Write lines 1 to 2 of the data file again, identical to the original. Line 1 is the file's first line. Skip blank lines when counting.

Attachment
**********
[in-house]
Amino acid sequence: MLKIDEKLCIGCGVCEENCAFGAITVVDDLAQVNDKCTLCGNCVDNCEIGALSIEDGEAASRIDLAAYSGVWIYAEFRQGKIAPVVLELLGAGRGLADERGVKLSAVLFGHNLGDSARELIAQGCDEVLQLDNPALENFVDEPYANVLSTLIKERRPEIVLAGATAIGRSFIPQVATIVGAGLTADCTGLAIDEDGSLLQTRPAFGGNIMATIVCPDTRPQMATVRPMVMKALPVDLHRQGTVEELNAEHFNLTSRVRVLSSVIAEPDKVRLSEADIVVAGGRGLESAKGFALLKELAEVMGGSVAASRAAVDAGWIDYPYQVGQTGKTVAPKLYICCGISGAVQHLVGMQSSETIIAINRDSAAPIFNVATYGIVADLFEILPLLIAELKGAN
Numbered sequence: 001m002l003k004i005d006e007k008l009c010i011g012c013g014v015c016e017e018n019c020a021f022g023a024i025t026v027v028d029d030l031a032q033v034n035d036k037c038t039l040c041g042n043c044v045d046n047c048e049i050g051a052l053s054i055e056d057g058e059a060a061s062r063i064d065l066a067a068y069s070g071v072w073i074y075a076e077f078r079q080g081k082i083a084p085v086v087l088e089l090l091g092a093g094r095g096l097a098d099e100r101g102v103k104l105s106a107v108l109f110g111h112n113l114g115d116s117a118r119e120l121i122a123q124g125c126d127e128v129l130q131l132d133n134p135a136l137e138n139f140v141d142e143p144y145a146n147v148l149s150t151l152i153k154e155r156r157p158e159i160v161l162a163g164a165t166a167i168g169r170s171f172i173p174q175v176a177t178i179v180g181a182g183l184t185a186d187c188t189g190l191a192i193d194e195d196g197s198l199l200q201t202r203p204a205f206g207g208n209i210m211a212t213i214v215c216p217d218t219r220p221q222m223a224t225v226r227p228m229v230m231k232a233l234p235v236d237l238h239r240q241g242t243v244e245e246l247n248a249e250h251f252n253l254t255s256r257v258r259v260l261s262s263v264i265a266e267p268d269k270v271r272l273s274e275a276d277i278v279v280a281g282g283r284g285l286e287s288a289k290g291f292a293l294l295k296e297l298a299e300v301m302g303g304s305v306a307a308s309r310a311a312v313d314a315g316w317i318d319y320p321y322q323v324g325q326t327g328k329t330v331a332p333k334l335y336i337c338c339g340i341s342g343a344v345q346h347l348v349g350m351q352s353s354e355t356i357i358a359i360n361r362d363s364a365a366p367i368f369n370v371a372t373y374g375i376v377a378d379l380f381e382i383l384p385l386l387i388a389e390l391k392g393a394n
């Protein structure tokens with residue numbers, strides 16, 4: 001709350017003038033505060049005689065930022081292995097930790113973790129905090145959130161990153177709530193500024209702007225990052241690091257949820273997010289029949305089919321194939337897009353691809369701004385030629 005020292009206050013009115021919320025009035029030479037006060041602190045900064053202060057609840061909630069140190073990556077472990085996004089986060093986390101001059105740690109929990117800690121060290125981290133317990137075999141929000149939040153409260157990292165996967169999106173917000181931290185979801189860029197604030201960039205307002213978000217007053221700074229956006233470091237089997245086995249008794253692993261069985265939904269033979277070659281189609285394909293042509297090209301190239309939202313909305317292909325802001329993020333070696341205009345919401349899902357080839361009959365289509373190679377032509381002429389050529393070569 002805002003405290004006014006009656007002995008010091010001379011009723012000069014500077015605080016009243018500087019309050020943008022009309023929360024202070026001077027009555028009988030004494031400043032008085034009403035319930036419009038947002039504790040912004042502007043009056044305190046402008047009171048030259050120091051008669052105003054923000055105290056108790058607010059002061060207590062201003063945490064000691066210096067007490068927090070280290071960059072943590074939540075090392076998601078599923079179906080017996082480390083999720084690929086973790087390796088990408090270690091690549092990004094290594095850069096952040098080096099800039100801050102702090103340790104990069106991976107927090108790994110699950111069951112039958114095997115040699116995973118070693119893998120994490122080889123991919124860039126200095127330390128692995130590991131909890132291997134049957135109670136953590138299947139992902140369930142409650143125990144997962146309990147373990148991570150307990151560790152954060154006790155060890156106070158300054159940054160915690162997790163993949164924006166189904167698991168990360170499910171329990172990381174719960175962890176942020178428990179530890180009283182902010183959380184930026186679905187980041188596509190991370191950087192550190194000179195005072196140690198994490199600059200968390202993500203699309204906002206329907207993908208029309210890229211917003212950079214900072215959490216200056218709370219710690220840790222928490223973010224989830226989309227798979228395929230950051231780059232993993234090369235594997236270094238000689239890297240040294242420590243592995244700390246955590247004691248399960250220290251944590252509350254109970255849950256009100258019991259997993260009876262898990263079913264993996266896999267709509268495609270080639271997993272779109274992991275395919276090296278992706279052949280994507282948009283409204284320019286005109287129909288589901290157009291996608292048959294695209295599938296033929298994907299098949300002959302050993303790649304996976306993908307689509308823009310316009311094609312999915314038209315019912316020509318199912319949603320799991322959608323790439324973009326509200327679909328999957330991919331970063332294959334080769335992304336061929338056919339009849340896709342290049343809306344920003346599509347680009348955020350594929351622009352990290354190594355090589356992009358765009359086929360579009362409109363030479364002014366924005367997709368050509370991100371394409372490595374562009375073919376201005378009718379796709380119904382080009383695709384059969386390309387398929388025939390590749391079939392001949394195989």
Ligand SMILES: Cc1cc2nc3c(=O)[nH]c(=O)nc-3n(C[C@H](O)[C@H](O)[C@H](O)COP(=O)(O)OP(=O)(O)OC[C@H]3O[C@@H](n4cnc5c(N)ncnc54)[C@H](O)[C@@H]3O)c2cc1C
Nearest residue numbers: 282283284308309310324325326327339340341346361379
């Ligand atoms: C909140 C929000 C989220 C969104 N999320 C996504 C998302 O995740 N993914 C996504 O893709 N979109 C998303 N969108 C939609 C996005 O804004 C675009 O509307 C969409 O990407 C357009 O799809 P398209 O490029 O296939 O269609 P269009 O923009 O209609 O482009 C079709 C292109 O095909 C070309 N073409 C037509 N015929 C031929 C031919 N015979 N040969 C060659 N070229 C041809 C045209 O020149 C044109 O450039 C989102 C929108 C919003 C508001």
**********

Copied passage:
[in-house]
Amino acid sequence: MLKIDEKLCIGCGVCEENCAFGAITVVDDLAQVNDKCTLCGNCVDNCEIGALSIEDGEAASRIDLAAYSGVWIYAEFRQGKIAPVVLELLGAGRGLADERGVKLSAVLFGHNLGDSARELIAQGCDEVLQLDNPALENFVDEPYANVLSTLIKERRPEIVLAGATAIGRSFIPQVATIVGAGLTADCTGLAIDEDGSLLQTRPAFGGNIMATIVCPDTRPQMATVRPMVMKALPVDLHRQGTVEELNAEHFNLTSRVRVLSSVIAEPDKVRLSEADIVVAGGRGLESAKGFALLKELAEVMGGSVAASRAAVDAGWIDYPYQVGQTGKTVAPKLYICCGISGAVQHLVGMQSSETIIAINRDSAAPIFNVATYGIVADLFEILPLLIAELKGAN